After an appeals court ruling last week potentially invalidated thousands of mail-in ballots in Minnesota, the CBS- and ABC-affiliate TV stations in Minneapolis-St. Paul failed to explain to viewers how they could make sure their vote will be counted in tomorrow’s presidential election.
On the afternoon of October 29, the 8th Circuit Court of Appeals ruled against a seven-day extension the state had previously granted to count mail-in ballots postmarked by Election Day. Instead, any mailed ballots received after 8 p.m. on Election Day will be segregated and are not guaranteed to be counted -- that will be determined by a separate court ruling.
Minnesota Secretary of State Steve Simon explained that voters should no longer mail in their ballots, as they are no longer likely to be received in time. He also outlined the possible magnitude of the effect this ruling could have on the election -- out of roughly 2 million requested absentee ballots in the state, nearly 400,000 still hadn’t been received by election officials as of Thursday night.
Fortunately, as the Star Tribune mentioned in a detailed explainer of the state’s mail-in voting process, voters who mailed in a ballot but are worried it may not arrive in time for the new, much shorter deadline still have an option to make sure their vote is counted:
I requested a mail-in ballot but lost it or I’m worried it won’t arrive in time to count. I want to vote in person on Election Day instead. Can I do that?
Yes. Election officials will “spoil,” or invalidate, the original ballot assigned to your voter record and give you a new one. If a “spoiled” mail-in ballot arrives after your new one has been cast, it will not count. You can also drop off your filled-out absentee ballot at the address on the return envelope, typically the county election office.
Good coverage of this ruling would include warnings to viewers that it’s now too late to mail in a ballot and an explanation of how to ensure their vote will count if they’re worried that an already-mailed ballot may arrive too late. Unfortunately for Minnesota voters, not all of the TV news coverage in the state’s largest market included these crucial explanations.
In segments aired the evening after the ruling was announced on October 29 through early morning news reports on October 30, NBC-affiliated KARE and Fox-affiliated KMSP had the most informative coverage of mail-in voting in the Minneapolis-St. Paul TV market. KMSP, which covered mail-in voting four times during this period, mentioned warnings against mailing in a ballot in 100% of its coverage and 75% of its segments explained how voters worried their ballot wouldn’t be received in time could invalidate it and vote in person instead. KARE also covered warnings that it’s now too late to mail in a ballot in each of its 10 segments and mentioned the option for a voter to “spoil” their mail-in ballot and vote in person instead in 60% of its coverage. KARE also included an especially informative explanation of the court ruling in some of its coverage.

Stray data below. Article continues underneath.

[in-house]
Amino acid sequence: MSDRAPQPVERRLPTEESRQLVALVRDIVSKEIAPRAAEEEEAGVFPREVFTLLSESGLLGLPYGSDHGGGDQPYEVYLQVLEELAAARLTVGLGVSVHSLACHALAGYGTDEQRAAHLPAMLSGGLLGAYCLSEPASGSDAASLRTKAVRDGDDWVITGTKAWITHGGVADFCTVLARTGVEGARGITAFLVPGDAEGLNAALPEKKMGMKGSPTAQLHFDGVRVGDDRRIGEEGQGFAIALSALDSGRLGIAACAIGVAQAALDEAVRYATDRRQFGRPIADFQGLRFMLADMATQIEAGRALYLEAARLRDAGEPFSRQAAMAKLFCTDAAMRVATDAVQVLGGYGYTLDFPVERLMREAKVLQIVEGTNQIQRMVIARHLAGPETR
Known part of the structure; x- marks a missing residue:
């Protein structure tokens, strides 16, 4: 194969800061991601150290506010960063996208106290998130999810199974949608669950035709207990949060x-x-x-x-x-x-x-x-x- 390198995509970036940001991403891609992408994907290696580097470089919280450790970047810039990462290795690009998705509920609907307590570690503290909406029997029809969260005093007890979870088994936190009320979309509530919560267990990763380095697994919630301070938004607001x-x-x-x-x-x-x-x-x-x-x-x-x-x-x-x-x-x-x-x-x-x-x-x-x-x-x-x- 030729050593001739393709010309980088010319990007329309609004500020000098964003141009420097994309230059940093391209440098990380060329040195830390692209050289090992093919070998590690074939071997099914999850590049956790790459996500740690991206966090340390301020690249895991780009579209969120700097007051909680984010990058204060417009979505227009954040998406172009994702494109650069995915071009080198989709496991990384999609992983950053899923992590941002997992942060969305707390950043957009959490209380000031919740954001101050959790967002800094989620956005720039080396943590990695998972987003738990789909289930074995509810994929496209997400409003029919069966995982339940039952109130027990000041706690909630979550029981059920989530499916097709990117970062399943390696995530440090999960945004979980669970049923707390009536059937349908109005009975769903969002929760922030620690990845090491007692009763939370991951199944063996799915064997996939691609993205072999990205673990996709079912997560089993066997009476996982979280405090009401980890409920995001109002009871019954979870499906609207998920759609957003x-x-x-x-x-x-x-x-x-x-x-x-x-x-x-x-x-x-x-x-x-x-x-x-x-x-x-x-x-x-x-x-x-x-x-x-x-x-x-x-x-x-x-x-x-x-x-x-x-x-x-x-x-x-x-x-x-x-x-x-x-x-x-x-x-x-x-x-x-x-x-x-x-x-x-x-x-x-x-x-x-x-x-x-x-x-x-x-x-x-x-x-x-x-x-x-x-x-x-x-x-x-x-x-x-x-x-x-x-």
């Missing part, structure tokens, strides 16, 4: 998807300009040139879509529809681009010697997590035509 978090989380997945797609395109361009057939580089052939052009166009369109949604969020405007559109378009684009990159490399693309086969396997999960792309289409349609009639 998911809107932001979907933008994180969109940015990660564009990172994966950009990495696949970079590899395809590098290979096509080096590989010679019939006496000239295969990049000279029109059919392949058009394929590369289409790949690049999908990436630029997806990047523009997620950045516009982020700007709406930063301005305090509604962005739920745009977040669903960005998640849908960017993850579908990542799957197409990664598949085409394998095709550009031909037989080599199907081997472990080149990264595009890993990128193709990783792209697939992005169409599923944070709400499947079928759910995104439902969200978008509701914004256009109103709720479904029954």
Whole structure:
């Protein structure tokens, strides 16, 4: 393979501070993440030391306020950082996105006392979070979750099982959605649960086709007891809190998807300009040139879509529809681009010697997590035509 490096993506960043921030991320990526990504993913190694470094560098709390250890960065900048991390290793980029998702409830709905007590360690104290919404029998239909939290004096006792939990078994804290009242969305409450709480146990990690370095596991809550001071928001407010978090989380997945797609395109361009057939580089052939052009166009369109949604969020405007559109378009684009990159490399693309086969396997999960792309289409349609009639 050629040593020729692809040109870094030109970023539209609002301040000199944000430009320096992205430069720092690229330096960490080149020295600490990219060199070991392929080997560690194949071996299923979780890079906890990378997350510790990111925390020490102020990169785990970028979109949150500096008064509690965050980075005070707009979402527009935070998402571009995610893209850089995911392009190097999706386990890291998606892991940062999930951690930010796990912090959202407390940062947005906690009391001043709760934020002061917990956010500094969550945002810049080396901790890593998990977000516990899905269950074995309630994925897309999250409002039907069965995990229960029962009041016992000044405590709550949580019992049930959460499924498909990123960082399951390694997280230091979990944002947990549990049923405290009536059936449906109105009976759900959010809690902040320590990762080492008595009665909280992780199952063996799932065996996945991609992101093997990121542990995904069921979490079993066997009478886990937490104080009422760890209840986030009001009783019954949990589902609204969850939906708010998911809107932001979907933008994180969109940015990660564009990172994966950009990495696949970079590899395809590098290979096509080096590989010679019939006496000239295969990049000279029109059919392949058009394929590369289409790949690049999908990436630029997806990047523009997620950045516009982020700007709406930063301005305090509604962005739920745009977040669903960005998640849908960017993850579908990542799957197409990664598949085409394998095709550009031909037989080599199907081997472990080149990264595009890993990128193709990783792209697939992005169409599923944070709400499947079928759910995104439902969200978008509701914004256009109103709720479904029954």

ABC-affiliated KSTP covered the warnings by election officials that it’s too late to mail in a ballot in six of its eight segments on mail-in voting during the studied period, or 75% of the time. But only one of its segments explained to viewers that they could cancel an already-mailed ballot and vote in-person at the polls instead. The vast majority of KSTP’s segments failed to convey this crucial information to viewers.
CBS-affiliated WCCO had the least informative coverage of the mail-in voting ruling in this time period. WCCO mentioned warnings against mailing in a ballot in only five of its eight segments discussing mail-in voting during this time period, or 63% of its coverage. And the station failed to mention a single time that viewers have the option to “spoil” their already-mailed ballot and vote in person instead. Its coverage could actually give the false impression that doing so would be illegal double voting, advising viewers to “shred” their mail-in ballot if they choose to vote in person instead and adding, “Don’t fill out both of them, don’t vote twice.”
Media Matters searched the Kinetiq video database in the Minneapolis-St. Paul television market for any of the terms “mail,” “mail-in,” and “absentee” within proximity of any of the terms “ballot,” “ballots,” “vote,” or “voting” between 6 p.m. CDT October 29, when the local TV stations began covering the court ruling, and 7 a.m. CDT October 30, 2020, before syndicated morning talk shows began airing.
We reviewed search results for local news reports mentioning mail-in voting. We included segments about mail-in voting, which we defined as instances when mail-in voting was the stated topic of discussion or when we found instances of “significant discussion,” which we defined as instances when two or more speakers discussed mail-in voting in multitopic segments with one another.
We coded each segment for whether they mentioned the court ruling; that mail-in ballots had to be received by election officials by 8 p.m. on Election Day; that voters could instead vote in person and have their mail-in ballots voided if they had already mailed them; and that it was too late to mail out ballots to be received by the new deadline.
We did not include reports from nationally syndicated news programs or mentions within teasers for upcoming segments about mail-in voting.